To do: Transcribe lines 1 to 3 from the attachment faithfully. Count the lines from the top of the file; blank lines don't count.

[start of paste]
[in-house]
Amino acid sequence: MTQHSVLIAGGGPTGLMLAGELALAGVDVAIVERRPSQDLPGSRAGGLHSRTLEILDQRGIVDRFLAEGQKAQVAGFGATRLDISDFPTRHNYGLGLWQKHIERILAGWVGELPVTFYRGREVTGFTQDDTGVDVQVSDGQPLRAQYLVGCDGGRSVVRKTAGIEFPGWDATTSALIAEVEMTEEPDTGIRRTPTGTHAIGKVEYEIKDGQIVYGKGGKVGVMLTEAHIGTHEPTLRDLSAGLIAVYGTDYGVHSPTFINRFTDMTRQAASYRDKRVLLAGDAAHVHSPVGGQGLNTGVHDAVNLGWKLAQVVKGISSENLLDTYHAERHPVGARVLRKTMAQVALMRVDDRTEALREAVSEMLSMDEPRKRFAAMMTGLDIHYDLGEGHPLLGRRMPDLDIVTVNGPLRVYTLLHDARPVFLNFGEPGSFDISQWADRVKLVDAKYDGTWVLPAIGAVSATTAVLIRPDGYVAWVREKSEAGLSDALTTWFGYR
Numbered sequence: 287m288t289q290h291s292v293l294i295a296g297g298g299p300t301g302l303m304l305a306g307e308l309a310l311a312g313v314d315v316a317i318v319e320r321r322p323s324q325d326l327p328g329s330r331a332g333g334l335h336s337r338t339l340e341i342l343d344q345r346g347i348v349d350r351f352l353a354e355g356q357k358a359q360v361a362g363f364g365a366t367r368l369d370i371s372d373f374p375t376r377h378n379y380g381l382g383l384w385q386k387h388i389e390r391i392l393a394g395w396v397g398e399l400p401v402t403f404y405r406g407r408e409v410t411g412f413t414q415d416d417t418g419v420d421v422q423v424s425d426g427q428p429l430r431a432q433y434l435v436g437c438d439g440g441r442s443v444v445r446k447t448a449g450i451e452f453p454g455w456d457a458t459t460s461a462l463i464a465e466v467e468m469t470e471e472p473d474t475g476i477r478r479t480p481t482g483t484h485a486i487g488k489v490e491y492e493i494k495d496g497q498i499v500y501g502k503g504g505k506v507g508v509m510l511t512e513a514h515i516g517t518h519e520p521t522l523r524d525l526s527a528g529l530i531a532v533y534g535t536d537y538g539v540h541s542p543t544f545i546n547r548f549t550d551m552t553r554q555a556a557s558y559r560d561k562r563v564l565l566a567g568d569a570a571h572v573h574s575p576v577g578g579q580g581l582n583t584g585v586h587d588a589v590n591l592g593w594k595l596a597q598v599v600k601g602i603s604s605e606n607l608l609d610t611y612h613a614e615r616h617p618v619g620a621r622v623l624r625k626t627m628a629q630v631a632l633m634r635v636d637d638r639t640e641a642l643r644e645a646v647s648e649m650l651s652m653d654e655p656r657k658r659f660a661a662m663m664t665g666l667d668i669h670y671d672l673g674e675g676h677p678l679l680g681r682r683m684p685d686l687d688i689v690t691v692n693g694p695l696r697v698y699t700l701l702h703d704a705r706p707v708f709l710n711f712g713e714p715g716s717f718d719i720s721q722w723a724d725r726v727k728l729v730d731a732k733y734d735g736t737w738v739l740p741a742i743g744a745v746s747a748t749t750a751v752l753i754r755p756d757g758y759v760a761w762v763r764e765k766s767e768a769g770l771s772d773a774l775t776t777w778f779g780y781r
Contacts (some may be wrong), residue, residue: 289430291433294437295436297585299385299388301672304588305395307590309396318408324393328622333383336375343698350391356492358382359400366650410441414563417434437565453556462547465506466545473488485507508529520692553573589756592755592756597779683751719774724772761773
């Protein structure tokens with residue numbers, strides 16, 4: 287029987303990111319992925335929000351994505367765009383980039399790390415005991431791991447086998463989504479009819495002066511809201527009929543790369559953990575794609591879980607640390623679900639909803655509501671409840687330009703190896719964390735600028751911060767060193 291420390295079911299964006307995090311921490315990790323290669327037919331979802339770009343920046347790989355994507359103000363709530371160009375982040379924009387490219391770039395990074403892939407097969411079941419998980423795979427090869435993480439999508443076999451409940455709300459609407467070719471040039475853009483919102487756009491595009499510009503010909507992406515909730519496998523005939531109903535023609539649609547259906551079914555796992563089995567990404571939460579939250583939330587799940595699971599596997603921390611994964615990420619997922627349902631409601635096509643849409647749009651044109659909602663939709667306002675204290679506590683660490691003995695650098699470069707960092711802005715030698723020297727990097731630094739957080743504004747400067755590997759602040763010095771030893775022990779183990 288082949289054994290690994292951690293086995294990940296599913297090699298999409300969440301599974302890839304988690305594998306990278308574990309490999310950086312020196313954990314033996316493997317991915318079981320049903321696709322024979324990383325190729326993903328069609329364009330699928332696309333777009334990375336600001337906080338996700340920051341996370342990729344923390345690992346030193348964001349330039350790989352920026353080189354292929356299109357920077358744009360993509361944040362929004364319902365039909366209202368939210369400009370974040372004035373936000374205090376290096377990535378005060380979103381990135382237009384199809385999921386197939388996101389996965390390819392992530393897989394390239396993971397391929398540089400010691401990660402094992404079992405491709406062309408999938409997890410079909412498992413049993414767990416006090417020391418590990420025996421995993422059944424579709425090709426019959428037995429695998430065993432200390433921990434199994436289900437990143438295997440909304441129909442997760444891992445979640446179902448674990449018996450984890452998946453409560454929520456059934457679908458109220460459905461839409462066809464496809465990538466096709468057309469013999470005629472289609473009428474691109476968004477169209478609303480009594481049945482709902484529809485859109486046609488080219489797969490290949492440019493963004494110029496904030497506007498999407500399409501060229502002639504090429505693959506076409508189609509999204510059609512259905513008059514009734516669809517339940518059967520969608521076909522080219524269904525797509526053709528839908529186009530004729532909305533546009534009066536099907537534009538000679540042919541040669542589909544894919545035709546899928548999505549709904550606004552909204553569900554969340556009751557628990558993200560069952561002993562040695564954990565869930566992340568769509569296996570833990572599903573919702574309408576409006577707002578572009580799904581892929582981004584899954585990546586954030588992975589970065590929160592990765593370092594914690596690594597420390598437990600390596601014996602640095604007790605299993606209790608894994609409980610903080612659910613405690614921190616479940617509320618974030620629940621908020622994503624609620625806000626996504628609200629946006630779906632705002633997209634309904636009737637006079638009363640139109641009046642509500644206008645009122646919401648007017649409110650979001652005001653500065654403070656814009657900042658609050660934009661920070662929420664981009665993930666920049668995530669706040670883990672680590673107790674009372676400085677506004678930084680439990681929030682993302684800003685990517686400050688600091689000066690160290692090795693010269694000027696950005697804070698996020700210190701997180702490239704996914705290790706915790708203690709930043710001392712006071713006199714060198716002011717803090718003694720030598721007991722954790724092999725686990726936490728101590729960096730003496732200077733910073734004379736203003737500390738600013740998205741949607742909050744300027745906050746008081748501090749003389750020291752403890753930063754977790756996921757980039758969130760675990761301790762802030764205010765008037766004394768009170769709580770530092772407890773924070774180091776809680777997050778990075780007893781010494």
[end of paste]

[in-house]
Amino acid sequence: MTQHSVLIAGGGPTGLMLAGELALAGVDVAIVERRPSQDLPGSRAGGLHSRTLEILDQRGIVDRFLAEGQKAQVAGFGATRLDISDFPTRHNYGLGLWQKHIERILAGWVGELPVTFYRGREVTGFTQDDTGVDVQVSDGQPLRAQYLVGCDGGRSVVRKTAGIEFPGWDATTSALIAEVEMTEEPDTGIRRTPTGTHAIGKVEYEIKDGQIVYGKGGKVGVMLTEAHIGTHEPTLRDLSAGLIAVYGTDYGVHSPTFINRFTDMTRQAASYRDKRVLLAGDAAHVHSPVGGQGLNTGVHDAVNLGWKLAQVVKGISSENLLDTYHAERHPVGARVLRKTMAQVALMRVDDRTEALREAVSEMLSMDEPRKRFAAMMTGLDIHYDLGEGHPLLGRRMPDLDIVTVNGPLRVYTLLHDARPVFLNFGEPGSFDISQWADRVKLVDAKYDGTWVLPAIGAVSATTAVLIRPDGYVAWVREKSEAGLSDALTTWFGYR
Numbered sequence: 287m288t289q290h291s292v293l294i295a296g297g298g299p300t301g302l303m304l305a306g307e308l309a310l311a312g313v314d315v316a317i318v319e320r321r322p323s324q325d326l327p328g329s330r331a332g333g334l335h336s337r338t339l340e341i342l343d344q345r346g347i348v349d350r351f352l353a354e355g356q357k358a359q360v361a362g363f364g365a366t367r368l369d370i371s372d373f374p375t376r377h378n379y380g381l382g383l384w385q386k387h388i389e390r391i392l393a394g395w396v397g398e399l400p401v402t403f404y405r406g407r408e409v410t411g412f413t414q415d416d417t418g419v420d421v422q423v424s425d426g427q428p429l430r431a432q433y434l435v436g437c438d439g440g441r442s443v444v445r446k447t448a449g450i451e452f453p454g455w456d457a458t459t460s461a462l463i464a465e466v467e468m469t470e471e472p473d474t475g476i477r478r479t480p481t482g483t484h485a486i487g488k489v490e491y492e493i494k495d496g497q498i499v500y501g502k503g504g505k506v507g508v509m510l511t512e513a514h515i516g517t518h519e520p521t522l523r524d525l526s527a528g529l530i531a532v533y534g535t536d537y538g539v540h541s542p543t544f545i546n547r548f549t550d551m552t553r554q555a556a557s558y559r560d561k562r563v564l565l566a567g568d569a570a571h572v573h574s575p576v577g578g579q580g581l582n583t584g585v586h587d588a589v590n591l592g593w594k595l596a597q598v599v600k601g602i603s604s605e606n607l608l609d610t611y612h613a614e615r616h617p618v619g620a621r622v623l624r625k626t627m628a629q630v631a632l633m634r635v636d637d638r639t640e641a642l643r644e645a646v647s648e649m650l651s652m653d654e655p656r657k658r659f660a661a662m663m664t665g666l667d668i669h670y671d672l673g674e675g676h677p678l679l680g681r682r683m684p685d686l687d688i689v690t691v692n693g694p695l696r697v698y699t700l701l702h703d704a705r706p707v708f709l710n711f712g713e714p715g716s717f718d719i720s721q722w723a724d725r726v727k728l729v730d731a732k733y734d735g736t737w738v739l740p741a742i743g744a745v746s747a748t749t750a751v752l753i754r755p756d757g758y759v760a761w762v763r764e765k766s767e768a769g770l771s772d773a774l775t776t777w778f779g780y781r